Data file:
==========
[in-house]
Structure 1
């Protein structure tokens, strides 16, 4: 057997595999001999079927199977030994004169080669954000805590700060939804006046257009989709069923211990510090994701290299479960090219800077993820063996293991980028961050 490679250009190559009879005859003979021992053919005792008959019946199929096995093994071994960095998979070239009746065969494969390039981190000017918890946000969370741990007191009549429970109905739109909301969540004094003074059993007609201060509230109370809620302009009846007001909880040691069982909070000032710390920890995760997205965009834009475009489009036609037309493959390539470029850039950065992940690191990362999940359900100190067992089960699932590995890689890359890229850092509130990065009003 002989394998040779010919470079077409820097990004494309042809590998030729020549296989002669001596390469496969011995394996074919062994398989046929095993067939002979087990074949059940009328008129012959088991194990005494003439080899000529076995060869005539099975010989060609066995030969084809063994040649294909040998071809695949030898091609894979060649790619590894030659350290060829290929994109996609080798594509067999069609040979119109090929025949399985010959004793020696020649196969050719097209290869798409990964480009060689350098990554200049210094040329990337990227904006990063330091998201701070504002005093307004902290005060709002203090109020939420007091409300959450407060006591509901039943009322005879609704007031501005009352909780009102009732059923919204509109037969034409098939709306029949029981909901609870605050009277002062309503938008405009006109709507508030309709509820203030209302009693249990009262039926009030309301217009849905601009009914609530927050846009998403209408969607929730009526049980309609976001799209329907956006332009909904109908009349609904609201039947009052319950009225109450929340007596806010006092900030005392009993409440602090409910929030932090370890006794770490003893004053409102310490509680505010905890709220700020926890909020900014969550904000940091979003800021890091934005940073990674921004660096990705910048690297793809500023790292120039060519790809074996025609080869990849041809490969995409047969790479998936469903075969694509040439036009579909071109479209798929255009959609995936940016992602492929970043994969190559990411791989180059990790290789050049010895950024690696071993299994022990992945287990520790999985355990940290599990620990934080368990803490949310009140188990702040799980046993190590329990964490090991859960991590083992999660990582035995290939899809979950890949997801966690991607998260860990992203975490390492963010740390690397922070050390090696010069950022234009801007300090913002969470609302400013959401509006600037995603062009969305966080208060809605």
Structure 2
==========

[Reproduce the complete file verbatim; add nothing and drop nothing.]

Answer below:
[in-house]
Structure 1
């Protein structure tokens, strides 16, 4: 057997595999001999079927199977030994004169080669954000805590700060939804006046257009989709069923211990510090994701290299479960090219800077993820063996293991980028961050 490679250009190559009879005859003979021992053919005792008959019946199929096995093994071994960095998979070239009746065969494969390039981190000017918890946000969370741990007191009549429970109905739109909301969540004094003074059993007609201060509230109370809620302009009846007001909880040691069982909070000032710390920890995760997205965009834009475009489009036609037309493959390539470029850039950065992940690191990362999940359900100190067992089960699932590995890689890359890229850092509130990065009003 002989394998040779010919470079077409820097990004494309042809590998030729020549296989002669001596390469496969011995394996074919062994398989046929095993067939002979087990074949059940009328008129012959088991194990005494003439080899000529076995060869005539099975010989060609066995030969084809063994040649294909040998071809695949030898091609894979060649790619590894030659350290060829290929994109996609080798594509067999069609040979119109090929025949399985010959004793020696020649196969050719097209290869798409990964480009060689350098990554200049210094040329990337990227904006990063330091998201701070504002005093307004902290005060709002203090109020939420007091409300959450407060006591509901039943009322005879609704007031501005009352909780009102009732059923919204509109037969034409098939709306029949029981909901609870605050009277002062309503938008405009006109709507508030309709509820203030209302009693249990009262039926009030309301217009849905601009009914609530927050846009998403209408969607929730009526049980309609976001799209329907956006332009909904109908009349609904609201039947009052319950009225109450929340007596806010006092900030005392009993409440602090409910929030932090370890006794770490003893004053409102310490509680505010905890709220700020926890909020900014969550904000940091979003800021890091934005940073990674921004660096990705910048690297793809500023790292120039060519790809074996025609080869990849041809490969995409047969790479998936469903075969694509040439036009579909071109479209798929255009959609995936940016992602492929970043994969190559990411791989180059990790290789050049010895950024690696071993299994022990992945287990520790999985355990940290599990620990934080368990803490949310009140188990702040799980046993190590329990964490090991859960991590083992999660990582035995290939899809979950890949997801966690991607998260860990992203975490390492963010740390690397922070050390090696010069950022234009801007300090913002969470609302400013959401509006600037995603062009969305966080208060809605």
Structure 2